New Jewel Movement
New Jewel Movement
Early in the morning of October 25, 1983, an invasion force numbering more then six thousand U.S. infantry and marines attacked by sea and air the tiny spice island of Grenada, southernmost of the Windward Islands in the Eastern Caribbean. After five days of unexpected resistance from Grenada's People's Revolutionary Army (PRA), the United States, backed by some Caribbean states but opposed by the great majority in the United Nations, finally asserted control.
The immediate prelude to these momentous events was an extraordinary meeting in September of the Central Committee (CC) of Grenada's ruling party, the Marxist-Leninist New Jewel Movement (NJM). After four and a half years of revolutionary rule, beginning with the armed seizure of power from autocratic Prime Minister Eric Gairy in March 1979, the majority of the CC assessed that the regime was in a state of crisis. Earlier that year, on March 10, U.S. president Ronald Reagan in a national broadcast had declared Grenada, with its close ties to Cuba, a threat to U.S. security. Following this broadcast, there were large, coordinated naval maneuvers in the Atlantic and Caribbean. An invasion of Grenada seemed imminent, and yet many CC members averred that from the perspective of military preparedness and national morale, the country was at its lowest point since 1979. The position eventually endorsed by all was that weak leadership had been the cause of the flagging support.
Divisions began to emerge, however, when suggestions as to the way out of the crisis were proposed. Liam James, member of the inner Political Bureau and chief of security, argued that while Prime Minister Maurice Bishop had the charismatic qualities to inspire people, he lacked a "Leninist level of organization and discipline," as well as great ideological clarity. The answer, James proposed, was a model of "joint leadership," merging Bishop's strengths with those of Deputy Prime Minister and Minister of Finance Bernard Coard, generally perceived as the most ideologically developed of the top leaders. After much debate, in which Bishop, among others, expressed reservations, the proposal was carried forward to a full party gathering on September 25. Here, differences seemed to have been overcome and the meeting ended in apparent unity. The following day Bishop left on a scheduled trip to Eastern Europe, returning via Cuba on October 8. By then everything had changed. He announced that he wanted the joint leadership matter reopened for debate. Battle lines were now drawn. Some party leaders began to see his request as an unacceptable volte-face on a collective decision. For his part, Bishop began to believe that there was a conspiracy afoot.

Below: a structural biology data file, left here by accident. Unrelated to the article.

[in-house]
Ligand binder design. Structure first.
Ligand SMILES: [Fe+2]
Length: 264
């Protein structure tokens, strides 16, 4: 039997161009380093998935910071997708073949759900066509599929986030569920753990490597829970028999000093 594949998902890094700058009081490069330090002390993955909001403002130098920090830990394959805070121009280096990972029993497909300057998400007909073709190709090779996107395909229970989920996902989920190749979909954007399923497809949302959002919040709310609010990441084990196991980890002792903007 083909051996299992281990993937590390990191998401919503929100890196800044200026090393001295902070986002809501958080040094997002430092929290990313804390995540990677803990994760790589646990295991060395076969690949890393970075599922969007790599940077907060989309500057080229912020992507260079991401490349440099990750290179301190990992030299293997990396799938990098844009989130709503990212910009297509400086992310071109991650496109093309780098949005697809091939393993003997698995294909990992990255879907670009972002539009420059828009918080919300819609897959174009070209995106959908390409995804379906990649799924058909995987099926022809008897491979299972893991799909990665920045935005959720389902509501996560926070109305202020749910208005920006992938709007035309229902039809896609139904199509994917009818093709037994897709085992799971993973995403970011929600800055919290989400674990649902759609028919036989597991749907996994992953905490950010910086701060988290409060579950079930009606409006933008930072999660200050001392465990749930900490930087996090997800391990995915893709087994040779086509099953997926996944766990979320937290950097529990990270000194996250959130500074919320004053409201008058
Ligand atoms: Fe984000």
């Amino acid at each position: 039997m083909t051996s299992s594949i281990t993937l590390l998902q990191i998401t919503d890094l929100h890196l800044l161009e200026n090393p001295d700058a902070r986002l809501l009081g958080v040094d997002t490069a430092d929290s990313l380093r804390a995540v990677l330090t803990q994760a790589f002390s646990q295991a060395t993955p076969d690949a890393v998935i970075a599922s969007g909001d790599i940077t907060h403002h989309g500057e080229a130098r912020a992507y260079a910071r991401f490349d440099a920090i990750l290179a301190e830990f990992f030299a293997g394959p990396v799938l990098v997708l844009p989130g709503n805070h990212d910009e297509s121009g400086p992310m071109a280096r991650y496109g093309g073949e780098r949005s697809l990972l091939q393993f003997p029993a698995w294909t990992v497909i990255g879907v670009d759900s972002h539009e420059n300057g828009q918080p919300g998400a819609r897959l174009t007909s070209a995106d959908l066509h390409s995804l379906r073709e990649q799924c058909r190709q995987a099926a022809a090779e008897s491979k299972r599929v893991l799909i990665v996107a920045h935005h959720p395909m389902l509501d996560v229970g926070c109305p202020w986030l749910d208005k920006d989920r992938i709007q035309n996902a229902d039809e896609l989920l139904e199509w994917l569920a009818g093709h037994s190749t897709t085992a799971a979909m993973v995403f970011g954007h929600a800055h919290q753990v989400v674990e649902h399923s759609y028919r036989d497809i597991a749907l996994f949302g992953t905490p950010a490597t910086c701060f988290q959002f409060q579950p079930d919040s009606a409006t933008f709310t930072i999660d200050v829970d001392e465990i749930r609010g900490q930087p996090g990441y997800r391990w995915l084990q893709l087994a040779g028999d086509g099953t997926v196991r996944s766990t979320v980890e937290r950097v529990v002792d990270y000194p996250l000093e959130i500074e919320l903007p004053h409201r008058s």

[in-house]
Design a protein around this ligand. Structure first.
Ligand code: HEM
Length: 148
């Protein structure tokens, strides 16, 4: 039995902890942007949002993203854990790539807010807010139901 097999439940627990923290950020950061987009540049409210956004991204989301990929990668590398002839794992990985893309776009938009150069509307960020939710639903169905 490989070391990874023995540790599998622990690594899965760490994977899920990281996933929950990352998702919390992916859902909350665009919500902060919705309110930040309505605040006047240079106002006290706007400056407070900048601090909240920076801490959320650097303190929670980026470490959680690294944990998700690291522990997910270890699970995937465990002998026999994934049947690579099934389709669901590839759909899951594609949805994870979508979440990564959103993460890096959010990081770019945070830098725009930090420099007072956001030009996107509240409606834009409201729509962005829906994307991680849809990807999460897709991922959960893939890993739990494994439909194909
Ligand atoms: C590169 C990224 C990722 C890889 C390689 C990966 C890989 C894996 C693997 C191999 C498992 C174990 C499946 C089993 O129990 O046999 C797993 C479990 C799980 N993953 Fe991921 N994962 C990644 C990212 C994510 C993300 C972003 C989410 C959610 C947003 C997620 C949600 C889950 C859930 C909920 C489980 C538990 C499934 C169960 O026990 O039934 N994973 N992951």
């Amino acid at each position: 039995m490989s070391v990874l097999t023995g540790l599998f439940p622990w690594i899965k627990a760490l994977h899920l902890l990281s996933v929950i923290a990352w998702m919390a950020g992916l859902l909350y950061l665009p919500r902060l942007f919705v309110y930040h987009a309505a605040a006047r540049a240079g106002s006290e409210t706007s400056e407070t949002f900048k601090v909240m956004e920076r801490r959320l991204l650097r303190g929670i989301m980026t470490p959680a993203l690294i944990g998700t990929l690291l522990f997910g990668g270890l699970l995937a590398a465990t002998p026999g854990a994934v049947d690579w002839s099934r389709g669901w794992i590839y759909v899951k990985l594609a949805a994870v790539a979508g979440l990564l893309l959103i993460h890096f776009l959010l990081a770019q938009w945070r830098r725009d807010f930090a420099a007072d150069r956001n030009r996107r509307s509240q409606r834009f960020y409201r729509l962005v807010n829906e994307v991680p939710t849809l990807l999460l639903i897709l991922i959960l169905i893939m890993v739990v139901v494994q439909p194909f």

Rumors were rife. One in particular, suggesting that Coard and his Jamaican wife, Phyllis, were planning to kill the prime minister, led to a clash between a pro-Bishop militia contingent and a unit of the regular army. When an investigation into the source was held, Bishop's number two security officer said that the rumor came from the prime minister himself. Bishop, refusing to respond to the accusation, was placed, precipitously, under house arrest.
Almost immediately, popular demonstrations began, from a people who were entirely unaware of the previous secretive, inner-party decisions and who were outraged at the detention of their popular leader. On October 19 a large demonstration freed Bishop from his home, and he, along with his closest associates, marched to the main military camp at nearby Fort Rupert and overwhelmed its guards.
In the subsequent attempt by the army to recapture the fort, there was a shootout with fatalities both on the side of the encroaching military and the newly armed pro-Bishop supporters. The PRA contingent was eventually victorious; Bishop and his closest allies were held unarmed, then shortly thereafter executed.
The killing of Bishop undermined any remaining popular support for the revolutionary process. The expected U.S. invasion came six days later. There was resistance, but most of the country was still paralyzed and in shock, with many expressing great antipathy toward those in the NJM whom they held responsible for murdering Bishop.
The NJM had been formed only a decade before in 1973. A direct product of the effervescent Caribbean Black Power movement, it emerged from the unification of two trends—the Joint Endeavour for Welfare, Education, and Liberation (Jewel), headed by Unison Whiteman, and the Movement for the Assemblies of the People (MAP), headed by Maurice Bishop. MAP was one of a few Caribbean organizations inspired by the ideas of the Trinidadian Marxist C. L. R. James.